For those travellers lucky enough to fly business class on long-haul routes, it’s a fascinating game to compare and contrast the range of seats on offer. There are forward-facing seats that recline fully flat. There is the forward/backward facing “yin-yang” configuration of British Airways. Then there are the various forms of “herringbone” which takes its name from the appearance of the seating when viewed on a plan from above. Virgin Atlantic still has this, and other carriers have adopted versions of it. There has arguably never been such a wide choice as there is today.
What all these forms of seating are trying to achieve is a fully-flat bed in the smallest amount of space. The fully-flat bed is deemed essential by corporate travellers able to afford business class. They want to maximise their productivity by sleeping on night flights so they can hit the ground running at their destination.
Meanwhile, airlines recognise that the “real estate” on an aircraft is extremely expensive, and the more room each seat – and passenger – occupies, the more they will have to charge for the ticket. And everyone shops on price to some extent.
Of course, there are other factors involved, but in terms of the seating, airlines want to offer a fully-flat product with direct aisle access, so you don’t have to climb over the aisle passenger next to you when they are reclined. They also want to strip out as much weight as possible from the design, since every extra kilogram adds to the fuel bill of flying these aircraft around the world.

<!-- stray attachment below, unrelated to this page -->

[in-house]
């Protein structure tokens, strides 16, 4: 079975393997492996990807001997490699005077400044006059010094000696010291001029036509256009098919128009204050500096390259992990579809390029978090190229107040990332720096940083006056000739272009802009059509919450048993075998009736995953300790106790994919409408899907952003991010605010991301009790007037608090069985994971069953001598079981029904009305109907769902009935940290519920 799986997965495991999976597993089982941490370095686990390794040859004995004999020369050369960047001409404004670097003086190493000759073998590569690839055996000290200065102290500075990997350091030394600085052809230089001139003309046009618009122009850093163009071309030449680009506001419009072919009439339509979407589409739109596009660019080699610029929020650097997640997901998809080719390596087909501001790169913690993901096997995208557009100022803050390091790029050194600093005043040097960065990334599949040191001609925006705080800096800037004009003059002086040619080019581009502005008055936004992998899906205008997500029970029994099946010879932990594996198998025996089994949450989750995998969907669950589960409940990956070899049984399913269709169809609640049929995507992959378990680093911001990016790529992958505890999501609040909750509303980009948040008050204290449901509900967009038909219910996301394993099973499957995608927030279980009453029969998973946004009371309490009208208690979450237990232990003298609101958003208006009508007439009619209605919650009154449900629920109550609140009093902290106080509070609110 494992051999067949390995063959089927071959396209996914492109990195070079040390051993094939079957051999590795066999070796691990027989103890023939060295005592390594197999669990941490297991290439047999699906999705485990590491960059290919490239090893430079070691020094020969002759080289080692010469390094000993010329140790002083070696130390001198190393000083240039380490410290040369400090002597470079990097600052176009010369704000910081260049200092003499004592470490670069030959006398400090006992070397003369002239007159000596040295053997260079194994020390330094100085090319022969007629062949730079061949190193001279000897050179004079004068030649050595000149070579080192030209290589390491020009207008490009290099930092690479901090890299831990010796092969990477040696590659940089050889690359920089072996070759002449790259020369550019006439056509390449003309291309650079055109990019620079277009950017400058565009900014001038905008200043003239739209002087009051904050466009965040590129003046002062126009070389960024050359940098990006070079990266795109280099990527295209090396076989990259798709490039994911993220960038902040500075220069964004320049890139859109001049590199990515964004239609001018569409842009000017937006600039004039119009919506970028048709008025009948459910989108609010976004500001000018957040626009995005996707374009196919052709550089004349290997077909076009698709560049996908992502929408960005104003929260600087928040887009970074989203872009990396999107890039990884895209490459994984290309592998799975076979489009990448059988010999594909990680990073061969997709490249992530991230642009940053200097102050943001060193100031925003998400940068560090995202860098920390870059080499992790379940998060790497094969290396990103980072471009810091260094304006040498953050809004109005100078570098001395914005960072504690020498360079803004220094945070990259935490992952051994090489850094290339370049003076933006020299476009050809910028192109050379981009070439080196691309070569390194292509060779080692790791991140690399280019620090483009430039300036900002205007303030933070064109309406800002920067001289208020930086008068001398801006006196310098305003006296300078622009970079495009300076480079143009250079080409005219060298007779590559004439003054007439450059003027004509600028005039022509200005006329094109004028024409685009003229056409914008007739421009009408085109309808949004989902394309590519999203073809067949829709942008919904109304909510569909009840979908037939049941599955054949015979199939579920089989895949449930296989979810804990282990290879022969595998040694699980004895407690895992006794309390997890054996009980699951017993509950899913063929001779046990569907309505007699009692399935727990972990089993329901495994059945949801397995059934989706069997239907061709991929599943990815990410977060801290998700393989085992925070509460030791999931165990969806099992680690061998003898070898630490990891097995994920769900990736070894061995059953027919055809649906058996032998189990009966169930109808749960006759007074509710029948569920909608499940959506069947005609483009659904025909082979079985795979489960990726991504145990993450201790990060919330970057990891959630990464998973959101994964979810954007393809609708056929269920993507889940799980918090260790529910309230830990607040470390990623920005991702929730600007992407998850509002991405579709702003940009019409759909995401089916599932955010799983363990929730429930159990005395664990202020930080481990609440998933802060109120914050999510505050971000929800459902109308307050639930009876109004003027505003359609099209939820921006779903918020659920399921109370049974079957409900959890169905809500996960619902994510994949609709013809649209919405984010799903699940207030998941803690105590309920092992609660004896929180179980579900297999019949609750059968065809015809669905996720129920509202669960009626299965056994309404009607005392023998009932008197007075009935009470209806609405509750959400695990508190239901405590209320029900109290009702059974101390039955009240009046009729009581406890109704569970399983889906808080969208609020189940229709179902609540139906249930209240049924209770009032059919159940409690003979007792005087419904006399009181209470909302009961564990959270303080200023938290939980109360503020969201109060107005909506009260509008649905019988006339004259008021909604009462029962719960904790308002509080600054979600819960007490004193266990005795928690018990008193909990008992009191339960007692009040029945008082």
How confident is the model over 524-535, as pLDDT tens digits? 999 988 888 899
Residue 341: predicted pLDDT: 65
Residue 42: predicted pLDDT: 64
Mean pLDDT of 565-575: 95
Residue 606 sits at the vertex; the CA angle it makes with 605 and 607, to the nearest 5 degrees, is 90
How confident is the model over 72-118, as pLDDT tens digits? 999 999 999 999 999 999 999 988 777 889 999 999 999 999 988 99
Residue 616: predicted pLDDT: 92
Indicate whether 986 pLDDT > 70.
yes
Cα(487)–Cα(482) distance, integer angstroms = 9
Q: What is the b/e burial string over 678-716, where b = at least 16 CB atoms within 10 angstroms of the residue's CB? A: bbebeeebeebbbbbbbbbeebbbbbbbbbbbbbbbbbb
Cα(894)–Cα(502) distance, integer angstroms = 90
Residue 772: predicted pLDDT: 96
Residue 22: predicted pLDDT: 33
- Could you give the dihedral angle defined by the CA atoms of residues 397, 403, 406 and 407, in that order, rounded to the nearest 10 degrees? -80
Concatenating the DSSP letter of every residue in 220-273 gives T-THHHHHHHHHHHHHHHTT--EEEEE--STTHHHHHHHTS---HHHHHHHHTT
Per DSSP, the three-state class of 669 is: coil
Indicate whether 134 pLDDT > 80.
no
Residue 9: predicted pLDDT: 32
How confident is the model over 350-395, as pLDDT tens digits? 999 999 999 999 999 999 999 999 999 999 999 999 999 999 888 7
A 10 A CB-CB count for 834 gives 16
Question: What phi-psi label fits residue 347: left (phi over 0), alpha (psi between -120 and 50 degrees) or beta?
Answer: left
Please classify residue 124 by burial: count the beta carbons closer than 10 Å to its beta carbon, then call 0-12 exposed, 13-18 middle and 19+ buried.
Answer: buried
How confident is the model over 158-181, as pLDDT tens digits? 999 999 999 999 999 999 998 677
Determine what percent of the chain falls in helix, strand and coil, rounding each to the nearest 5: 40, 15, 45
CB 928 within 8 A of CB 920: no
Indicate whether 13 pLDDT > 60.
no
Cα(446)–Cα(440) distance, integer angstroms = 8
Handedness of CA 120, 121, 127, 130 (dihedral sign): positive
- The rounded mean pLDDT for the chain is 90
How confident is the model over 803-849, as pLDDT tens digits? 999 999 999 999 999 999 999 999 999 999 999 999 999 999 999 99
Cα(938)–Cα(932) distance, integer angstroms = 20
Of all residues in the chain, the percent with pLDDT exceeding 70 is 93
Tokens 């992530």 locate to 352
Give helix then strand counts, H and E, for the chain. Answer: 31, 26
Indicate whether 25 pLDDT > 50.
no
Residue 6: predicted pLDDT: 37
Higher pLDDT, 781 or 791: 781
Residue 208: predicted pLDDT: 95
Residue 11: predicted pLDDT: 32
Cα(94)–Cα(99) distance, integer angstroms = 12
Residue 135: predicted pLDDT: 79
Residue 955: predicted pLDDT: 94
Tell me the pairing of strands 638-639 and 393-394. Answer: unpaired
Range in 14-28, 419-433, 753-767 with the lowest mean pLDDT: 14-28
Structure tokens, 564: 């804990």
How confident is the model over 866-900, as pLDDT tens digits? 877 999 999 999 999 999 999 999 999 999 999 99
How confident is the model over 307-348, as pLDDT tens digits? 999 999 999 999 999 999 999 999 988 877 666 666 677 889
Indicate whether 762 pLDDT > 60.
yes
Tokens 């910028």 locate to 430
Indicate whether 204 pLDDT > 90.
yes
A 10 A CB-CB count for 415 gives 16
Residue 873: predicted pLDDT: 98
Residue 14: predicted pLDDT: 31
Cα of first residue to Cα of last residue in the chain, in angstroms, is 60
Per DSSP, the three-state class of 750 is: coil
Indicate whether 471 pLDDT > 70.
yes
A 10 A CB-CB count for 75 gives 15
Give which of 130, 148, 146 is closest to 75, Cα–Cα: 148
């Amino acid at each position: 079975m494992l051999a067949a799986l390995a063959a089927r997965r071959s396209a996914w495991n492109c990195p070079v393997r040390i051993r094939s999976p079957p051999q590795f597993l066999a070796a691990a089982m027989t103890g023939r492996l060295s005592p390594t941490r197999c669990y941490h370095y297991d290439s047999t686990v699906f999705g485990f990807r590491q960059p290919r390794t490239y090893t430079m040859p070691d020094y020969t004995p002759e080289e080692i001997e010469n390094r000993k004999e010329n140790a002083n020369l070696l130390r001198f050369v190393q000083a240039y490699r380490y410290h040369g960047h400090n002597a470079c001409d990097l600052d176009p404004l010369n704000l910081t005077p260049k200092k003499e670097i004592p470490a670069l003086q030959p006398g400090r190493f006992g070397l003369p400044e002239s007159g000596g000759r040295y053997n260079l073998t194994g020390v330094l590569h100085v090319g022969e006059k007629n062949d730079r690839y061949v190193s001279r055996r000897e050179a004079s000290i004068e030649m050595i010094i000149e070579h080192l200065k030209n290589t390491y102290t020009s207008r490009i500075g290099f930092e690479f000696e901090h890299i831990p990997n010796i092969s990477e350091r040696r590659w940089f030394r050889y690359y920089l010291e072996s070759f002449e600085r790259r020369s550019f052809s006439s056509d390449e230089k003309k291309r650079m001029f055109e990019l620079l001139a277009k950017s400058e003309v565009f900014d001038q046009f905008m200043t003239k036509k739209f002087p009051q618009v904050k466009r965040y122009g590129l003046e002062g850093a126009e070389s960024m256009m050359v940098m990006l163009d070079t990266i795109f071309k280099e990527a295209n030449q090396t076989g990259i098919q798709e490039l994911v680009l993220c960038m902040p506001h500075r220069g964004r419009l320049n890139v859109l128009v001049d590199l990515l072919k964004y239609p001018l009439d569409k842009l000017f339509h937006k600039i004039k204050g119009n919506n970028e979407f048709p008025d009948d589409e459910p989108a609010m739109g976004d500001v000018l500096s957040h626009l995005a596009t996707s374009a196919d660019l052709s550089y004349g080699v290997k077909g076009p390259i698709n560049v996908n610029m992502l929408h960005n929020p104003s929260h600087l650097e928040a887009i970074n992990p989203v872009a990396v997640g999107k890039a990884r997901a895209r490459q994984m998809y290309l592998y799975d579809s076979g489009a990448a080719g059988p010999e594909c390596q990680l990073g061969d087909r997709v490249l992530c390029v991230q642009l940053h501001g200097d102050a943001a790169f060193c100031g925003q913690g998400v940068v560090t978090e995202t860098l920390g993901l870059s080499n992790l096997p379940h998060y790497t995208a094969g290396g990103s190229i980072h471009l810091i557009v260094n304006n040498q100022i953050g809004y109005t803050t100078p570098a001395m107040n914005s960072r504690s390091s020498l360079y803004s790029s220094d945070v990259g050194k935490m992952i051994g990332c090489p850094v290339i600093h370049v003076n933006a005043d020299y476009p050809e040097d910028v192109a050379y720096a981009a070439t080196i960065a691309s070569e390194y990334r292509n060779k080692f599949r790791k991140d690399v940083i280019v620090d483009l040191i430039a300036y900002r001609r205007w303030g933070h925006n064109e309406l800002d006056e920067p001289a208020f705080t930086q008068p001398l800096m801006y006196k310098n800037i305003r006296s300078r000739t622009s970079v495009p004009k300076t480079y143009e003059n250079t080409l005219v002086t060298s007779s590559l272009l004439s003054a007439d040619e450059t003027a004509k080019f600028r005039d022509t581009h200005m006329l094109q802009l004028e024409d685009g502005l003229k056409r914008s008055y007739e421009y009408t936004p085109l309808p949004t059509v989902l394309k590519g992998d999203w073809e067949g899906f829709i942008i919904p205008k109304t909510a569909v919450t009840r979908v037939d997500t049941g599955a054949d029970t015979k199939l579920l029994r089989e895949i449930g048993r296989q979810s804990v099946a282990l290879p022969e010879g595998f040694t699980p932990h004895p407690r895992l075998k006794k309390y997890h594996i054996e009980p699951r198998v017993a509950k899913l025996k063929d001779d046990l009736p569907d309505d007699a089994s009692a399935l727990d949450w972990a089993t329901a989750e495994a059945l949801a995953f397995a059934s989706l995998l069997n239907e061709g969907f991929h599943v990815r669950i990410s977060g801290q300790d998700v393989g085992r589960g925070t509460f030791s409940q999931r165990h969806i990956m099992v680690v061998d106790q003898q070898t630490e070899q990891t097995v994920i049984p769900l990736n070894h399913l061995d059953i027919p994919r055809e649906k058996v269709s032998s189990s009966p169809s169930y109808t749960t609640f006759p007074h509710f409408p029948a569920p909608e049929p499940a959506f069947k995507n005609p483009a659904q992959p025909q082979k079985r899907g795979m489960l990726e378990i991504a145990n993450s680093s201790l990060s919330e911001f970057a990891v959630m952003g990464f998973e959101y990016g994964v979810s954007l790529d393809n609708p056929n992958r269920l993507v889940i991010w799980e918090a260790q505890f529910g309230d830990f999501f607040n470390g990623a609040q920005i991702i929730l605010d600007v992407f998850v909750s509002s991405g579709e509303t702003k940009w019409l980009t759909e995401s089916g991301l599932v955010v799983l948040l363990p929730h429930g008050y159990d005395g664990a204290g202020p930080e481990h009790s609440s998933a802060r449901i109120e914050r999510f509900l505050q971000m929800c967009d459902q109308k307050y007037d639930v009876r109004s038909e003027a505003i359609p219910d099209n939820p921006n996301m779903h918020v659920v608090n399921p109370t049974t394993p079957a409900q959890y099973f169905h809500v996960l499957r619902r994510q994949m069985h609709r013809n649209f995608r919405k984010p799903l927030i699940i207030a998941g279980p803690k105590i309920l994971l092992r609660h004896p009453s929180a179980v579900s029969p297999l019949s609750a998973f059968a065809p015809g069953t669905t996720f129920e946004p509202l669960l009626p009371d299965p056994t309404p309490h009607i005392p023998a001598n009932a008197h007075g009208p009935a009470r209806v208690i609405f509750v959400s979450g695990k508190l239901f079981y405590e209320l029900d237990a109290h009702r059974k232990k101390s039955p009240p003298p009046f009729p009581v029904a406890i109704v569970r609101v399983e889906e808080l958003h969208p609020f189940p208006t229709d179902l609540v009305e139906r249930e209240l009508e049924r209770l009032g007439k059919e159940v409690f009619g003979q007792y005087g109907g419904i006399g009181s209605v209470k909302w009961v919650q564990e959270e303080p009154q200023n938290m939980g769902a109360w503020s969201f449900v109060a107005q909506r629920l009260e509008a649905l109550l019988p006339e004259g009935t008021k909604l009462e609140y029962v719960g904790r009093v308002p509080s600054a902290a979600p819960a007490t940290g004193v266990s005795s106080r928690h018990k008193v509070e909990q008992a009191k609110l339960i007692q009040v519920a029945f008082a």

Not every airline follows this – Emirates, for example, has introduced a new business class seat in a 2-3-2 configuration, meaning the person in the middle has to climb over an aisle seat. Still, by and large, most carriers are looking to seat designers to come up with something that is lightweight, fully-flat and with direct aisle access.
Installing a new cabin is an expensive exercise, not only because airlines have to ground the aircraft to fit the new product, but also because the number of seats is usually reduced as a result. Air France, for instance, has seen the number of seats it can fit between the first two exits on a B777 reduced from 35 (in a 2-3-2 configuration) to 28 in its new 1-2-1 layout. It’s good for travellers in terms of comfort, but the airline will invariably try to pass on the extra cost and charge more per seat, since it has seven fewer business tickets to sell.
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